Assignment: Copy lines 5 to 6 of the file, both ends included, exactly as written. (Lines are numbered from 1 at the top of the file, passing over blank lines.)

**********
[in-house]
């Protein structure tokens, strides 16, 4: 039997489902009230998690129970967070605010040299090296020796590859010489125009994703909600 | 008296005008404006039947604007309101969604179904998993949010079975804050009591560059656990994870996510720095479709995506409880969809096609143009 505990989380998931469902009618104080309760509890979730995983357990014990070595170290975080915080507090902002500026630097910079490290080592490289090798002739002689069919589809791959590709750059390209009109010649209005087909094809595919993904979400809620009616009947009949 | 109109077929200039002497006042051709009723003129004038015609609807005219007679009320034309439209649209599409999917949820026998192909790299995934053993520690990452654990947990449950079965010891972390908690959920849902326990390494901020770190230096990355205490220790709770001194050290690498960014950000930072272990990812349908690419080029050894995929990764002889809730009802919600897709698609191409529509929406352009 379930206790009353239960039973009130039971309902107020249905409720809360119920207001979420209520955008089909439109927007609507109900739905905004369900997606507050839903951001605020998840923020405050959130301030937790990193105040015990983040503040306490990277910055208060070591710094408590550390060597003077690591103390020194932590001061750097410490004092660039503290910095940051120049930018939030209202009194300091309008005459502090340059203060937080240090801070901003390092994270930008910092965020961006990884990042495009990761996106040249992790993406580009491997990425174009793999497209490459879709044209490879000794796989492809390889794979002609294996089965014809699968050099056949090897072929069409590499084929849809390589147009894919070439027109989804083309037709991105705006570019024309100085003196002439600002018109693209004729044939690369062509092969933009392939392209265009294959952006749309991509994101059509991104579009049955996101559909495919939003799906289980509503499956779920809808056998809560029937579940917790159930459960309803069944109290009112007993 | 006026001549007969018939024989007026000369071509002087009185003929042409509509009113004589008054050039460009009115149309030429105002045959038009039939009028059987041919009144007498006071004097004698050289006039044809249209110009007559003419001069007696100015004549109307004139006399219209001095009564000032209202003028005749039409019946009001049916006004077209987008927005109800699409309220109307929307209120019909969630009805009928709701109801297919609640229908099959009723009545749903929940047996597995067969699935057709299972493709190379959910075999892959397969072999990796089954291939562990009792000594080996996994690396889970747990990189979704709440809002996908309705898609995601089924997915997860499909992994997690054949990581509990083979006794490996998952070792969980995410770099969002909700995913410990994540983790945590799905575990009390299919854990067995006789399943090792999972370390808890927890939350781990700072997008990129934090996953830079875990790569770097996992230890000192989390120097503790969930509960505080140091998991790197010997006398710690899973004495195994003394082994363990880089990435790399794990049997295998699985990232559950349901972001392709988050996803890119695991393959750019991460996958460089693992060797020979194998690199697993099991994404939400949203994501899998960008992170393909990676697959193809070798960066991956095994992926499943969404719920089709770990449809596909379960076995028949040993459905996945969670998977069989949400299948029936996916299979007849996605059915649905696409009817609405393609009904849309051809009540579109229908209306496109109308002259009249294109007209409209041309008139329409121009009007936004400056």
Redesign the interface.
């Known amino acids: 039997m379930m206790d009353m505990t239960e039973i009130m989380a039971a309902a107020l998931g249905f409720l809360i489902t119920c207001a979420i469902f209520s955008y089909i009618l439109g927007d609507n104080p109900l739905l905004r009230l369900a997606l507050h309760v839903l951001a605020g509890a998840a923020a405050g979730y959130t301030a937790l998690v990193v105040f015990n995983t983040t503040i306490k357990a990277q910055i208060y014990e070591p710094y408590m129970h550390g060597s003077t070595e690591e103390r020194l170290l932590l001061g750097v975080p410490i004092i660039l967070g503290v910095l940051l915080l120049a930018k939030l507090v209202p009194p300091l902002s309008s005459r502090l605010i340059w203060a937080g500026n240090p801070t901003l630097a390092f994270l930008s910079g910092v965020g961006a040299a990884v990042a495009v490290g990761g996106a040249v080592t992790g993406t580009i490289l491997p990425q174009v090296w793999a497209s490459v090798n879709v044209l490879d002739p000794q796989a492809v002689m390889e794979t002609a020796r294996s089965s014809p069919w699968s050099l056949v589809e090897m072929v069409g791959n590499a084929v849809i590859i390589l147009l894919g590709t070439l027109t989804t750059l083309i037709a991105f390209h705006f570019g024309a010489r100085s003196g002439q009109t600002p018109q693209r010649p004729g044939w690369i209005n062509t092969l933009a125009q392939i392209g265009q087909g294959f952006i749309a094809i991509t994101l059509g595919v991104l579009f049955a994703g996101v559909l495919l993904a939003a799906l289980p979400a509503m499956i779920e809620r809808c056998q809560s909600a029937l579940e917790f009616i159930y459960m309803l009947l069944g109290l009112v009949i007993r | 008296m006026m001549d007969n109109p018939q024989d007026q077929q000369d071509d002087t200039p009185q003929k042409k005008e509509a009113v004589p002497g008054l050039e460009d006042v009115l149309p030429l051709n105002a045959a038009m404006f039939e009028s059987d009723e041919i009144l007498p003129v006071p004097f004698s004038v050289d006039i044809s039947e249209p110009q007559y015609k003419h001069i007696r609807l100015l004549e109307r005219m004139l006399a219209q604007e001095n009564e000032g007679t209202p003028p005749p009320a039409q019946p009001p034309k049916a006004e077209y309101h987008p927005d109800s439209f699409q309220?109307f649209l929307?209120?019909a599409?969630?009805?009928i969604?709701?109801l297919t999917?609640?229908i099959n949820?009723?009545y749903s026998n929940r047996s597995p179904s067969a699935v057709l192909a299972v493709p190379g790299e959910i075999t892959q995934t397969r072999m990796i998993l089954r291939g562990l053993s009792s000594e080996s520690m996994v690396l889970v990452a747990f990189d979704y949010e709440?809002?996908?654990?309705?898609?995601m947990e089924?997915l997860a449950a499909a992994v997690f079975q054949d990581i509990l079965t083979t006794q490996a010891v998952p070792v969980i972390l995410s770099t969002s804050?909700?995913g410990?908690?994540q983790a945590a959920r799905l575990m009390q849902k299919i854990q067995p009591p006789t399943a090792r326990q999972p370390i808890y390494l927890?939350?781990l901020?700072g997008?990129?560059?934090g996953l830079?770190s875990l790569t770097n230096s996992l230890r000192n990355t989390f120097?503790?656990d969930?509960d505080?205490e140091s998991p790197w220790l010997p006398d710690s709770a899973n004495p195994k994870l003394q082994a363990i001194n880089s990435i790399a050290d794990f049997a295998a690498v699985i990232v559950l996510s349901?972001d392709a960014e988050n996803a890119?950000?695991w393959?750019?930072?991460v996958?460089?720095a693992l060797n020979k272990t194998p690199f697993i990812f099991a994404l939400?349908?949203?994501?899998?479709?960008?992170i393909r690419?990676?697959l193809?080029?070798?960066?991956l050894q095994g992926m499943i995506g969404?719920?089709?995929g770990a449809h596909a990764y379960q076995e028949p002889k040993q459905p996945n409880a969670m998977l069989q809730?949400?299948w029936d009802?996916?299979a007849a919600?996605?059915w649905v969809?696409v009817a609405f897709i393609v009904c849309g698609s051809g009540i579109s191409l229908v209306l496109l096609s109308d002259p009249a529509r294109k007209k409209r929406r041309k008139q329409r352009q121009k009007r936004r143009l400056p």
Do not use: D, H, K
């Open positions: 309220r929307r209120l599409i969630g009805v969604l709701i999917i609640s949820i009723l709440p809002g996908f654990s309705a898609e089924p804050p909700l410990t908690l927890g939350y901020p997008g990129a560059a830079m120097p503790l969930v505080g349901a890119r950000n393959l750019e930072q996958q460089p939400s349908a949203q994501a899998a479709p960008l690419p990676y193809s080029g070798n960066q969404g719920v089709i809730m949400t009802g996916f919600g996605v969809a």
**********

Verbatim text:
Do not use: D, H, K
């Open positions: 309220r929307r209120l599409i969630g009805v969604l709701i999917i609640s949820i009723l709440p809002g996908f654990s309705a898609e089924p804050p909700l410990t908690l927890g939350y901020p997008g990129a560059a830079m120097p503790l969930v505080g349901a890119r950000n393959l750019e930072q996958q460089p939400s349908a949203q994501a899998a479709p960008l690419p990676y193809s080029g070798n960066q969404g719920v089709i809730m949400t009802g996916f919600g996605v969809a």